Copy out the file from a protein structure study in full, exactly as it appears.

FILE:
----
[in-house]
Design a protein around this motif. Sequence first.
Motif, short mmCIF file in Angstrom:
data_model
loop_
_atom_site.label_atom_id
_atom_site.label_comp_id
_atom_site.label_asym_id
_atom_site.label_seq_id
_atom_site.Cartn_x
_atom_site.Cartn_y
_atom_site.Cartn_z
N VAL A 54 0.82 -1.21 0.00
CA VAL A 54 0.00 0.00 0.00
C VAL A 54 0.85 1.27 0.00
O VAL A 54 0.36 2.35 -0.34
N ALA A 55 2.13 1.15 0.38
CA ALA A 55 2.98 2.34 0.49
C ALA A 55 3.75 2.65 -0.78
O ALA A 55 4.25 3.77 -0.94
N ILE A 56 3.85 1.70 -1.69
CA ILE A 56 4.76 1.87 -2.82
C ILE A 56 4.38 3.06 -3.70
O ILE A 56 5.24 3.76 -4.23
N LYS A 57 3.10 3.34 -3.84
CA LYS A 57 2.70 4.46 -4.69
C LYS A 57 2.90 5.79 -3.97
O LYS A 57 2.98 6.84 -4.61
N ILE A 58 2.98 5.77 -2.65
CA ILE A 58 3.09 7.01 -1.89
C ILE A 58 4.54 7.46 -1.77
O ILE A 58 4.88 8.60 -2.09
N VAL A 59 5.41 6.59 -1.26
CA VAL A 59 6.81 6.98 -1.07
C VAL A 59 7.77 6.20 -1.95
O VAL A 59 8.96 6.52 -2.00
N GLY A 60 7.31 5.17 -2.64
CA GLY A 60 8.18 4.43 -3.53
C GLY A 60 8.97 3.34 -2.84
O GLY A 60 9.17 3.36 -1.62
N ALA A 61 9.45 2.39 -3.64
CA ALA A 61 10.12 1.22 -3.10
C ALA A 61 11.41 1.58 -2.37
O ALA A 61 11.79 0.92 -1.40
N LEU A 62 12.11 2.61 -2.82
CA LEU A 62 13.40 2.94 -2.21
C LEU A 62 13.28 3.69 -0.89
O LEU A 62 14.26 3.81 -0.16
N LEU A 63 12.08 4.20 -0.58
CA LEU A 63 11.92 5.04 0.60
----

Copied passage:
[in-house]
Design a protein around this motif. Sequence first.
Motif, short mmCIF file in Angstrom:
data_model
loop_
_atom_site.label_atom_id
_atom_site.label_comp_id
_atom_site.label_asym_id
_atom_site.label_seq_id
_atom_site.Cartn_x
_atom_site.Cartn_y
_atom_site.Cartn_z
N VAL A 54 0.82 -1.21 0.00
CA VAL A 54 0.00 0.00 0.00
C VAL A 54 0.85 1.27 0.00
O VAL A 54 0.36 2.35 -0.34
N ALA A 55 2.13 1.15 0.38
CA ALA A 55 2.98 2.34 0.49
C ALA A 55 3.75 2.65 -0.78
O ALA A 55 4.25 3.77 -0.94
N ILE A 56 3.85 1.70 -1.69
CA ILE A 56 4.76 1.87 -2.82
C ILE A 56 4.38 3.06 -3.70
O ILE A 56 5.24 3.76 -4.23
N LYS A 57 3.10 3.34 -3.84
CA LYS A 57 2.70 4.46 -4.69
C LYS A 57 2.90 5.79 -3.97
O LYS A 57 2.98 6.84 -4.61
N ILE A 58 2.98 5.77 -2.65
CA ILE A 58 3.09 7.01 -1.89
C ILE A 58 4.54 7.46 -1.77
O ILE A 58 4.88 8.60 -2.09
N VAL A 59 5.41 6.59 -1.26
CA VAL A 59 6.81 6.98 -1.07
C VAL A 59 7.77 6.20 -1.95
O VAL A 59 8.96 6.52 -2.00
N GLY A 60 7.31 5.17 -2.64
CA GLY A 60 8.18 4.43 -3.53
C GLY A 60 8.97 3.34 -2.84
O GLY A 60 9.17 3.36 -1.62
N ALA A 61 9.45 2.39 -3.64
CA ALA A 61 10.12 1.22 -3.10
C ALA A 61 11.41 1.58 -2.37
O ALA A 61 11.79 0.92 -1.40
N LEU A 62 12.11 2.61 -2.82
CA LEU A 62 13.40 2.94 -2.21
C LEU A 62 13.28 3.69 -0.89
O LEU A 62 14.26 3.81 -0.16
N LEU A 63 12.08 4.20 -0.58
CA LEU A 63 11.92 5.04 0.60